As many as seven of every 10 American men arrested for serious crimes test positive for drugs, according to a U.S. Justice Department survey of the nation's largest cities. That there is a link between drug use and criminal activity is not new. That it is so pervasive warrants major new federal funding and leadership for drug-treatment and -prevention programs.
As Congress measures it, President Reagan cut federal support for state and local drug-treatment programs by 40% during his first six years in office--even as the magnitude of the drug problem, especially cocaine abuse, increased dramatically. The federal cuts created months-long backlogs at clinics that were willing to treat people who had no health insurance, and also forced many other programs to close their doors.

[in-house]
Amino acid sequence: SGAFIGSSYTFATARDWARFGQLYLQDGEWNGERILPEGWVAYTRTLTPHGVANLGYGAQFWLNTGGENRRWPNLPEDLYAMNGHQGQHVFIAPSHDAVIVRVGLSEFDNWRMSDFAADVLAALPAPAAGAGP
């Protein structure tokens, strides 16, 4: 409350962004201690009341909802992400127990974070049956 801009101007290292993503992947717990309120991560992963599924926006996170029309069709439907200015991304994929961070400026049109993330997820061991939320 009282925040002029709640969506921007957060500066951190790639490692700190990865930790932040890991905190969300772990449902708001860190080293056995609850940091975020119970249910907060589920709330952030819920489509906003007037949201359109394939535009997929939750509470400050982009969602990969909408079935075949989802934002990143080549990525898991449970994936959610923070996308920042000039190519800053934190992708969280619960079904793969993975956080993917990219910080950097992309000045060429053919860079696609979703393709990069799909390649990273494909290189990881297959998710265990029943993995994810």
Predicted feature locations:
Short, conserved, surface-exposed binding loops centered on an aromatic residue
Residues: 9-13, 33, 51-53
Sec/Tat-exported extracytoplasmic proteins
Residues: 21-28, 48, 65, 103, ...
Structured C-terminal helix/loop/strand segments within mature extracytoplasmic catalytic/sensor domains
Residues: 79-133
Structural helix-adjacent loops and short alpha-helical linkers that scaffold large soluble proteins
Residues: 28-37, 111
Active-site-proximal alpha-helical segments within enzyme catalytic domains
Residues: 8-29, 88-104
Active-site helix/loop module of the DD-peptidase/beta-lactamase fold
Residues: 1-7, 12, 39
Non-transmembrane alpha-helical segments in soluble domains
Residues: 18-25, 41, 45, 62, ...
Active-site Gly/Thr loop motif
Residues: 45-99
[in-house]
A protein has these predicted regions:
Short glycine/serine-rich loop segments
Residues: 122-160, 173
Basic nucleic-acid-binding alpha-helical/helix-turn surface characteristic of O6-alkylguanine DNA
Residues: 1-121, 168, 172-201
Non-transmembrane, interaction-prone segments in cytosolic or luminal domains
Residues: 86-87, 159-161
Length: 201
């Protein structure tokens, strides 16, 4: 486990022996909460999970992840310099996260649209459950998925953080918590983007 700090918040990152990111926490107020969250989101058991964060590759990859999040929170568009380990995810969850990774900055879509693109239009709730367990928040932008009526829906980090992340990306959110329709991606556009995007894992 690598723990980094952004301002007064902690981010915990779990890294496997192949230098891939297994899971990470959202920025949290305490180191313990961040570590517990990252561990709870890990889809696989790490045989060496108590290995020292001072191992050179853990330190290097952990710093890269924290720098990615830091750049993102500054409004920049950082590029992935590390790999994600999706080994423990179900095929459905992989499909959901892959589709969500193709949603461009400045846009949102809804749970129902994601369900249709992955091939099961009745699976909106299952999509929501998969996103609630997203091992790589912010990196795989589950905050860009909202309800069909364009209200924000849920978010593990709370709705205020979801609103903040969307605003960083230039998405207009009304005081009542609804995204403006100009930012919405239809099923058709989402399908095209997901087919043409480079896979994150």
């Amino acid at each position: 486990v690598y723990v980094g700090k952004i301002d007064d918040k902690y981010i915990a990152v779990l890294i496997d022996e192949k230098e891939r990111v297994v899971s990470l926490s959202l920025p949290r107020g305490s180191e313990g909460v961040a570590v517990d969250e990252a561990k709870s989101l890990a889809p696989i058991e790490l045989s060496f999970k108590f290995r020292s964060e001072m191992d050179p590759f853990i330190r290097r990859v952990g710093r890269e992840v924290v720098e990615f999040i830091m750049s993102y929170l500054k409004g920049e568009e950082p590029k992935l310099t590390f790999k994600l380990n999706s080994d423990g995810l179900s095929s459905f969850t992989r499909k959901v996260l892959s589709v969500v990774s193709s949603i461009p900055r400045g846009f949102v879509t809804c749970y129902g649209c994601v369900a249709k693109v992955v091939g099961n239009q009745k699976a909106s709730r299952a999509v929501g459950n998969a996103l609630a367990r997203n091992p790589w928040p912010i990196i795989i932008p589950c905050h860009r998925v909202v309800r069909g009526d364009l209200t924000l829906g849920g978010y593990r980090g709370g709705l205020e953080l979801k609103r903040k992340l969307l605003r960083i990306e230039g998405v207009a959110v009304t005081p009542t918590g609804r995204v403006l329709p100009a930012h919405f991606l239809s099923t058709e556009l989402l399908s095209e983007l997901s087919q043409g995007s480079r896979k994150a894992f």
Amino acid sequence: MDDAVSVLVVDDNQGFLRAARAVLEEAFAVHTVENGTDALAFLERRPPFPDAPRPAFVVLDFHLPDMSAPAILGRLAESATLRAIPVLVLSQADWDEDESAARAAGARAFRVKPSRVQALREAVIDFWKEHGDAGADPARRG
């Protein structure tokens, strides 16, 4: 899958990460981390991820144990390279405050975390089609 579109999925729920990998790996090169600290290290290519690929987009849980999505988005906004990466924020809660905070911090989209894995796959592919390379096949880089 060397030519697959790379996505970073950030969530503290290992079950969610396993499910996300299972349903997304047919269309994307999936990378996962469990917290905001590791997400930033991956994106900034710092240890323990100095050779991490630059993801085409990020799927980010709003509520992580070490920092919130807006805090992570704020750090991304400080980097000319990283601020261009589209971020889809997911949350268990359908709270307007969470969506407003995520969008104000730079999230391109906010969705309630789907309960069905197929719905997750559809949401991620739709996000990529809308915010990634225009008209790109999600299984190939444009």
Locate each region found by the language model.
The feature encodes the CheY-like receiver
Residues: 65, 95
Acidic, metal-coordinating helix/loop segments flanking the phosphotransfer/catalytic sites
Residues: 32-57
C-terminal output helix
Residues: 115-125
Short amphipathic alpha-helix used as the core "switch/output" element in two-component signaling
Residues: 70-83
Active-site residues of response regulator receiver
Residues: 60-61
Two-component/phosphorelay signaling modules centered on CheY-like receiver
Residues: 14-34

Reagan went along when Congress passed a massive anti-drug bill in 1986, but he made no lasting commitment. The additional funding did not bring services back to the level provided before he took office. Moreover, the new money, doled out locally last summer, was regarded as a one-time-only allocation. Meanwhile, Reagan has again proposed deep cuts for drug-treatment and -prevention programs in his 1988 budget.
New federal cuts in the block grants allocated to the states will hurt local efforts. In Los Angeles, heroin addicts and intravenous drug users who seek treatment wait as long as six months to get into one of 686 beds provided for people who have no way of paying for expensive private treatment. And that includes new beds funded with the one-time-only federal money. The need is much, much greater.